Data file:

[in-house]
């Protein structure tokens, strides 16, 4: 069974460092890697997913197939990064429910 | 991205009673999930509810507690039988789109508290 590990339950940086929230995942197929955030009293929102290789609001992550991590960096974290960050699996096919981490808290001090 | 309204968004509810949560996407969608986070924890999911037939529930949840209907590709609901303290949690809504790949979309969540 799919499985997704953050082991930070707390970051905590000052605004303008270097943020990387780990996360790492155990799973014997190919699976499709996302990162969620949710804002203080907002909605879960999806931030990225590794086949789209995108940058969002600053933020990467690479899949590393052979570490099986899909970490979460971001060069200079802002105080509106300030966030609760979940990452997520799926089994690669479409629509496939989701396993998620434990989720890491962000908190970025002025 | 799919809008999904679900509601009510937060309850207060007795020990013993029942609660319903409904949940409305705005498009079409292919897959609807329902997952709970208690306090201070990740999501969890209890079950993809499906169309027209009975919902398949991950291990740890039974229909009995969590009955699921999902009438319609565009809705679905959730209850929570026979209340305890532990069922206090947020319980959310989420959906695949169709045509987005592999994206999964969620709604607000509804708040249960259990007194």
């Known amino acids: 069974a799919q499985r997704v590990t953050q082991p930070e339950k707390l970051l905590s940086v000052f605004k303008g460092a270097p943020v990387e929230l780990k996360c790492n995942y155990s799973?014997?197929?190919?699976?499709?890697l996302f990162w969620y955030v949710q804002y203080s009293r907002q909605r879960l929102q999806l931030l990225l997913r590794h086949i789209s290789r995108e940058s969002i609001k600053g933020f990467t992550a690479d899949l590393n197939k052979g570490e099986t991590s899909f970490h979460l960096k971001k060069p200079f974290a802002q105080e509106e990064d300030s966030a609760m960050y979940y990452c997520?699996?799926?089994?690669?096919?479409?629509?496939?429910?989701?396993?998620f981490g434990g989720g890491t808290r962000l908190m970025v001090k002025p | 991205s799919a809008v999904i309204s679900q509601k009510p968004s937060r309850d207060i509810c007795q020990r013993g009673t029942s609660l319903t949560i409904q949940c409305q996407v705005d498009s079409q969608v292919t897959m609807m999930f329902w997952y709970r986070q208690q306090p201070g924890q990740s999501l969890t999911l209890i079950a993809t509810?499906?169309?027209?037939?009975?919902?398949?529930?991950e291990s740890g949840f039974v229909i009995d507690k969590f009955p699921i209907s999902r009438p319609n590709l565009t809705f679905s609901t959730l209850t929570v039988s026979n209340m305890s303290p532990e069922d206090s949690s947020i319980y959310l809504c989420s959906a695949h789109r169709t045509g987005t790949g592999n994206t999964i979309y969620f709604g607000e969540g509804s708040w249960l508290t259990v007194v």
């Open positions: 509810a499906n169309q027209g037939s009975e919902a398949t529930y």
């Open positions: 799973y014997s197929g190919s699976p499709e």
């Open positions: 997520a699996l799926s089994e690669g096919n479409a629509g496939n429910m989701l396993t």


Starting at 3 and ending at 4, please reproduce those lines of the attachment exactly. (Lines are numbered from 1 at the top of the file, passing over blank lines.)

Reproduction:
């Known amino acids: 069974a799919q499985r997704v590990t953050q082991p930070e339950k707390l970051l905590s940086v000052f605004k303008g460092a270097p943020v990387e929230l780990k996360c790492n995942y155990s799973?014997?197929?190919?699976?499709?890697l996302f990162w969620y955030v949710q804002y203080s009293r907002q909605r879960l929102q999806l931030l990225l997913r590794h086949i789209s290789r995108e940058s969002i609001k600053g933020f990467t992550a690479d899949l590393n197939k052979g570490e099986t991590s899909f970490h979460l960096k971001k060069p200079f974290a802002q105080e509106e990064d300030s966030a609760m960050y979940y990452c997520?699996?799926?089994?690669?096919?479409?629509?496939?429910?989701?396993?998620f981490g434990g989720g890491t808290r962000l908190m970025v001090k002025p | 991205s799919a809008v999904i309204s679900q509601k009510p968004s937060r309850d207060i509810c007795q020990r013993g009673t029942s609660l319903t949560i409904q949940c409305q996407v705005d498009s079409q969608v292919t897959m609807m999930f329902w997952y709970r986070q208690q306090p201070g924890q990740s999501l969890t999911l209890i079950a993809t509810?499906?169309?027209?037939?009975?919902?398949?529930?991950e291990s740890g949840f039974v229909i009995d507690k969590f009955p699921i209907s999902r009438p319609n590709l565009t809705f679905s609901t959730l209850t929570v039988s026979n209340m305890s303290p532990e069922d206090s949690s947020i319980y959310l809504c989420s959906a695949h789109r169709t045509g987005t790949g592999n994206t999964i979309y969620f709604g607000e969540g509804s708040w249960l508290t259990v007194v």
């Open positions: 509810a499906n169309q027209g037939s009975e919902a398949t529930y």